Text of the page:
The president summoned thousands of troops to Ukraine's capital Saturday, but forces loyal to the nation's prime minister stopped them outside Kiev, escalating the two leaders' ongoing power struggle.

Soon after, the feuding leaders agreed to hold an early parliamentary election on Sept. 30, diffusing the country's months-long political crisis that had threatened to escalate into violence.

Tensions have grown since President Viktor Yushchenko ordered parliament disbanded in April, claiming Prime Minister Viktor Yanukovych and his supporters were trying to usurp presidential power. This week, the president moved to fire the nation's chief prosecutor and take control of Interior Ministry troops, adding to the acrimony.

The ministry's 32,000 troops answer to the interior minister, a Yanukovych loyalist. But Ivan Plyushch, the head of the national security council, said the president had ordered the troops to Kiev to forestall violence, though some feared it would have the opposite effect.

"Moving the interior troops into the city is necessary to guarantee a calm life for the city, to prevent provocations," Plyushch was quoted on the presidential Web site.

The statement did not specify how many troops have been sent, but Nikolai Mishakin, deputy commander of the interior troops, said on Ukrainian television that nearly 3,500 officers had been prevented from entering Kiev by forces loyal to Yanukovych. Mishakin promised his troops would not resort to violence since none of them had firearms.

AP Television News showed footage of several convoys of troops stopped on their way to Kiev from central and western provinces. Dozens of officers got out of the buses and waited patiently in a forest by a highway — some laying on grass, others drinking water, smoking, chatting and appearing relaxed.

Yuri Ivakin, a senior official in the Kiev city administration loyal to Yanukovych, stopped two buses outside the capital. He told the AP that he would try to turn troops back to their bases. Ukrainian television later reported that the officers left the buses and marched toward Kiev.

The Western-leaning Yushchenko came to office in 2005 after the Orange Revolution protests and surviving poisoning that marred his face. His agenda, however, has been complicated by fighting among his supporters and the ongoing disputes with Russia-leaning Yanukovych.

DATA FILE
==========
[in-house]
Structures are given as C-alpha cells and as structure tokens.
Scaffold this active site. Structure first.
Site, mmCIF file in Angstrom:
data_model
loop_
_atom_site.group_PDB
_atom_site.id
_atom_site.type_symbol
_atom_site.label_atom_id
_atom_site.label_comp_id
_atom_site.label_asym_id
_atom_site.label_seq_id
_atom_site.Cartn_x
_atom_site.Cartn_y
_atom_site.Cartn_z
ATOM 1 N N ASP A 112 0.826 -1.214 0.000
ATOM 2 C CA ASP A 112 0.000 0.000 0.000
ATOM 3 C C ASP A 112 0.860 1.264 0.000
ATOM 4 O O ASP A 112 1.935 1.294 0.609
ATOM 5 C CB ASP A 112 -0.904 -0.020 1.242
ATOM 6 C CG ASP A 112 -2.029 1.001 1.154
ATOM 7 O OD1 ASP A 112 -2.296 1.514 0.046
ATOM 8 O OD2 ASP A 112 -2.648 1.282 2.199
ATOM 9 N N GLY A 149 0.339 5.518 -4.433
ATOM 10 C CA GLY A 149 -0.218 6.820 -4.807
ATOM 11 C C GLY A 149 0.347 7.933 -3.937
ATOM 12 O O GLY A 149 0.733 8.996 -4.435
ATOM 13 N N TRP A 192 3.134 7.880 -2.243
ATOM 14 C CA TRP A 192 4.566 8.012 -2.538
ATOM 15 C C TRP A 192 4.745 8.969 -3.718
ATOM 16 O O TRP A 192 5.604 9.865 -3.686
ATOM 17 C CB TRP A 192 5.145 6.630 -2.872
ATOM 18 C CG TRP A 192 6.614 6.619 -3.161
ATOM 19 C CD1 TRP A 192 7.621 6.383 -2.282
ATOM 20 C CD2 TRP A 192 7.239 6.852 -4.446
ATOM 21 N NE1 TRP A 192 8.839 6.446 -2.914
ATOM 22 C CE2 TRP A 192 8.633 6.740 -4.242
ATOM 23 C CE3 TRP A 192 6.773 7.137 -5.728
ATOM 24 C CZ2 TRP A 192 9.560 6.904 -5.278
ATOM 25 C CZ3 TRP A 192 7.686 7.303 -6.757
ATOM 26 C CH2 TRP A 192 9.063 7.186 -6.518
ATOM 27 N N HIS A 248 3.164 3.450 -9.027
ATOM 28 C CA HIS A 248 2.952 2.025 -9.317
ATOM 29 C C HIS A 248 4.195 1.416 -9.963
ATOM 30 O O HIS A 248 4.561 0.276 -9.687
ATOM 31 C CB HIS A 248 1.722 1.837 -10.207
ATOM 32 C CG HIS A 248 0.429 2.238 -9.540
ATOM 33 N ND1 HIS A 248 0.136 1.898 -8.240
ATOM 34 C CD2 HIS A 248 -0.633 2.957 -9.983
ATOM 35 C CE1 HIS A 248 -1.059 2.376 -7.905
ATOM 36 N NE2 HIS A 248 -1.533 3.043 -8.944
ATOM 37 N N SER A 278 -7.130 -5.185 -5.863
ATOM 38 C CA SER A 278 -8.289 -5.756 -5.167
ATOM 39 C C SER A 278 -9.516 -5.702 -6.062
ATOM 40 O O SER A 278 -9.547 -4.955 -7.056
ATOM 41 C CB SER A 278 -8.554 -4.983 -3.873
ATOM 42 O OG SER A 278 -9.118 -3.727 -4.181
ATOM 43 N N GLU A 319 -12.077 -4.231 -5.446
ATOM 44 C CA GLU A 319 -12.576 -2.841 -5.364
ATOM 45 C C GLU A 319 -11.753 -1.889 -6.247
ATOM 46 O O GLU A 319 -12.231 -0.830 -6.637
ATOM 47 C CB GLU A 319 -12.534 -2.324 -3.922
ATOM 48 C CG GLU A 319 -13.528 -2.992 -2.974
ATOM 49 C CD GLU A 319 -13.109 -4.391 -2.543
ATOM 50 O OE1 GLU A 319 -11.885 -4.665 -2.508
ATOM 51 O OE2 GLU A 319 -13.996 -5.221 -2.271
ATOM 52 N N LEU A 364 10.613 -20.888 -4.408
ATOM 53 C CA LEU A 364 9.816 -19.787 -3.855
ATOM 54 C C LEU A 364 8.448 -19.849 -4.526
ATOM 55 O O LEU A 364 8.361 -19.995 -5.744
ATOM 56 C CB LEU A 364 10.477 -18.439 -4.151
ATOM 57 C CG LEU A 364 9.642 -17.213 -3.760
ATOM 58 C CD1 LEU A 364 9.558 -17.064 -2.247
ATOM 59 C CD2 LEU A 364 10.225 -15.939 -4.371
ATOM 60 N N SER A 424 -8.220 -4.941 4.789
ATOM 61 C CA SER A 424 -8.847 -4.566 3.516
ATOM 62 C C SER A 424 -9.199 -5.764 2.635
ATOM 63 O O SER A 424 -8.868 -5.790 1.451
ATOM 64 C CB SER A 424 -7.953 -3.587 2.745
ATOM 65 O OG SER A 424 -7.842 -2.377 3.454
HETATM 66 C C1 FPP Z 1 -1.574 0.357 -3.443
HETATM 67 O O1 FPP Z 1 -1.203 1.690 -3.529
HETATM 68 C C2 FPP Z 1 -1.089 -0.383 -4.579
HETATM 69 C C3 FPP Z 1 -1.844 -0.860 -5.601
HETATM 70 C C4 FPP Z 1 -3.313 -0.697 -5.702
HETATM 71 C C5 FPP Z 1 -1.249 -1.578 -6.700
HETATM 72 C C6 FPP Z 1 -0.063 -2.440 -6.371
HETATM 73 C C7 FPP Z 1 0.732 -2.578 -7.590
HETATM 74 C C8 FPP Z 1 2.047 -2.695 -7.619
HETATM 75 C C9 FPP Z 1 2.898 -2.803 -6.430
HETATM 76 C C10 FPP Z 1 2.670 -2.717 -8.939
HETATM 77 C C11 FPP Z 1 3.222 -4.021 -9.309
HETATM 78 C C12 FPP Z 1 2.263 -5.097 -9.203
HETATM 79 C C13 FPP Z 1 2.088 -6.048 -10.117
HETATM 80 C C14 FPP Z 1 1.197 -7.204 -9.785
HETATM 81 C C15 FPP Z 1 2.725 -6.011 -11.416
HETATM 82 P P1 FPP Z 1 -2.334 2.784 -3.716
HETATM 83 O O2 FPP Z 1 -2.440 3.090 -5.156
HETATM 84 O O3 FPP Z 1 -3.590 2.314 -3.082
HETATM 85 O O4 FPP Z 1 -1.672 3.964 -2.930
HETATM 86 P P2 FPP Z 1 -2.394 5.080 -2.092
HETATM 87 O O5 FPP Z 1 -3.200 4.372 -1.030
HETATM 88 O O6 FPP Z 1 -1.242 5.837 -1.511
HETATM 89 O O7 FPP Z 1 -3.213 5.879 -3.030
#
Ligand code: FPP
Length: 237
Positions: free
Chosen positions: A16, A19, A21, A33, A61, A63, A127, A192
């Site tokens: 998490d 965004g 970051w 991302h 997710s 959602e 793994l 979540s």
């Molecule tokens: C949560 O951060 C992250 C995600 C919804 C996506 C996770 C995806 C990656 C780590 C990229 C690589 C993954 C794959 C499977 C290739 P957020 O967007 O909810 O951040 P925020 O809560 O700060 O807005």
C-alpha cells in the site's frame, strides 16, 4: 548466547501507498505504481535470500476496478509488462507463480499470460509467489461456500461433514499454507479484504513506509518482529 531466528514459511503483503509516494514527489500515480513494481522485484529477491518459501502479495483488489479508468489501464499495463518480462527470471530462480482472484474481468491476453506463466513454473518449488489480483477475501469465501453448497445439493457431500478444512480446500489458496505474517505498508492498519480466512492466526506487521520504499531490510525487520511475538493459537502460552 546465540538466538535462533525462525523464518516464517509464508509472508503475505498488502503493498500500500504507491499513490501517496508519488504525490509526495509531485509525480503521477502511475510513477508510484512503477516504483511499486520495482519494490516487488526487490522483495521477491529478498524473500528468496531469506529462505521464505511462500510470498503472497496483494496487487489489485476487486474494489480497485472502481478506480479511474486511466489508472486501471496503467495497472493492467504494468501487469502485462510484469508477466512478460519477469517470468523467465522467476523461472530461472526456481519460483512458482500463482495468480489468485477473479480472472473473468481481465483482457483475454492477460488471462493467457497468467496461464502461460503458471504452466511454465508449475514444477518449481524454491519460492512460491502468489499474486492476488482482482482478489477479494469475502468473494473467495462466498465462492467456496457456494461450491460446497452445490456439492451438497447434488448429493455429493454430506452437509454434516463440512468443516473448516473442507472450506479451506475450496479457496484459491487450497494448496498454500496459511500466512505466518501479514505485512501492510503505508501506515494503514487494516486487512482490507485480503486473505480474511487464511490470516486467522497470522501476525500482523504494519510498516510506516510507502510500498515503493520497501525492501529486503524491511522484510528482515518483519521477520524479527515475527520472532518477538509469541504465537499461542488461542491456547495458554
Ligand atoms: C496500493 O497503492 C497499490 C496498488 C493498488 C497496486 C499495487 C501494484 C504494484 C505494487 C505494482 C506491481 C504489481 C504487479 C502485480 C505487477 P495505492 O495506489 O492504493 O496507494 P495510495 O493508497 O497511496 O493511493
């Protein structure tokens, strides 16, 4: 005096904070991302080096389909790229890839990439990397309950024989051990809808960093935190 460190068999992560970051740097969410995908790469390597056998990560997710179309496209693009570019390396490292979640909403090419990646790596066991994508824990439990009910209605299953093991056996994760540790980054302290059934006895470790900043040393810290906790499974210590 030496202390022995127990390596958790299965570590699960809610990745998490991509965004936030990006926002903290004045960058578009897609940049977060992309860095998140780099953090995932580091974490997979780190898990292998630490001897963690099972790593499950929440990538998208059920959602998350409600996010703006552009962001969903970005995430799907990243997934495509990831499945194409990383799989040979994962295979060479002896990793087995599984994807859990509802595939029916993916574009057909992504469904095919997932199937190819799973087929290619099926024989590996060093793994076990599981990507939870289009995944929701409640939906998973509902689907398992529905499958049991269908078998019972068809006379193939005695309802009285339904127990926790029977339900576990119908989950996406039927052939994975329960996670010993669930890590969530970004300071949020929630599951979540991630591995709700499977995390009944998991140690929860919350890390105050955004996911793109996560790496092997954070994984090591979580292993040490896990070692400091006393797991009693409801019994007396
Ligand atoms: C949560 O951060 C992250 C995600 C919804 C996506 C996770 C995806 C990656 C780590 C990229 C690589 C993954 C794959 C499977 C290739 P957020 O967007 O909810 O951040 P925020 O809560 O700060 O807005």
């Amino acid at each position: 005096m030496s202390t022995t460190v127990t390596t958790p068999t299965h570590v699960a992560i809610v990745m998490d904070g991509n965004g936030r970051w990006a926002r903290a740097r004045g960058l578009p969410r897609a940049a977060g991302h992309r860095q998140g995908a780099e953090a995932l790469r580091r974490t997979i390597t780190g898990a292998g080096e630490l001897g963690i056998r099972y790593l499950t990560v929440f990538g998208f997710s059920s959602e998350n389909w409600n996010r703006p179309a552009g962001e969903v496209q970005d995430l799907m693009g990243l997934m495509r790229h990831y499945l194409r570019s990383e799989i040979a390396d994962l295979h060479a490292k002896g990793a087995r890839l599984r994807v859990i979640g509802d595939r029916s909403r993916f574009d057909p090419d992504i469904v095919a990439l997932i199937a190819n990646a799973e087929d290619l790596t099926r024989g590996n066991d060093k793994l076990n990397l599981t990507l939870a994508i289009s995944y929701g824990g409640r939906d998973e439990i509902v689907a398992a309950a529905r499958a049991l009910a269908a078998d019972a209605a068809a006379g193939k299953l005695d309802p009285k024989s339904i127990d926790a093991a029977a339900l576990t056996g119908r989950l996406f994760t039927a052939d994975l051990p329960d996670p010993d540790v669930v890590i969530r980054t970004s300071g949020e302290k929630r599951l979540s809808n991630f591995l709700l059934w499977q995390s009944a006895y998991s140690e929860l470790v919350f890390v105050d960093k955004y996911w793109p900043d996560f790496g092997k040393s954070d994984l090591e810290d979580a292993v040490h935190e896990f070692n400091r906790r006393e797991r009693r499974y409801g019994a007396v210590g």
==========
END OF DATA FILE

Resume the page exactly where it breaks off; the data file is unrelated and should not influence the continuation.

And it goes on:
As parties loyal to both sides warned Saturday of possible violence, Yanukovych and Yushchenko met again to try to defuse the crisis. Earlier meetings ended without visible progress.

Several hundred flag-waving supporters of both leaders held competing rallies in front of the presidential office, where Yushchenko and Yanukovych were meeting. A thin line of police separated the two camps of protesters.

Yushchenko dissolved parliament on April 2, but Yanukovych's supporters in parliament have defied the order, calling it unconstitutional.

Both leaders have agreed to respect the Constitutional Court's decision on the dissolution order, but the court has been deliberating on the matter for weeks. The hearings were complicated by Yushchenko's orders to fire several of its judges, including the chief judge.

Then, on Thursday, Yushchenko fired longtime foe Prosecutor General Svyatoslav Piskun — a Yanukovych ally — saying Piskun could not serve as the country's chief prosecutor while acting as a member of parliament.

Security officers were sent to oust Piskun, but riot police loyal to Yanukovych immediately moved to protect him, standing guard outside his office.

Piskun appealed to a Kiev district court and late Friday said the court ruled to reinstate him. The ruling could not be immediately confirmed, and a Yushchenko aide said Saturday that Piskun was lying.

Tensions further grew when Yushchenko claimed command of Interior Ministry troops — an order rejected by the ministry headed by Vasyl Tsushko, a Yanukovych loyalist.

Yanukovych's allies called for calm and restraint, but warned they would not back down in the dispute. Tsushko promised not to use force, but his deputy, Korniyenko, said the ministry would fend off any attempts to take it forcefully. "Let them try, we have what we need to respond," Korniyenko said.

Piskun lamented that "cannon fodder was being sent to Kiev," adding that he would not hesitate to fire officials who violate the law.

"As long as I'm prosecutor-general in this country, there will be no scenario involving force," he said.

Analysts said Yushchenko's move to send troops to Kiev was an attempt to pressure Yanukovych to agree on an early date for new parliamentary elections, rather than a sign he was preparing for violent confrontation.

"I think these maneuvers with security forces are meant to give the president a chance to maneuver at talks," said Vadim Karasyov, head of the Kiev-based Institute on Global Strategies.

Ukraine has suffered chronic political turmoil since Yushchenko came to office in 2005 after the Orange Revolution protests. The demonstrations broke out after Yanukovych was counted as winner of a fraud-plagued presidential ballot. The Supreme Court annulled that vote and Yushchenko won a rerun.

In the course of the race, Yushchenko was poisoned with dioxin, and the mystery of who might have done it, and why, has never been solved.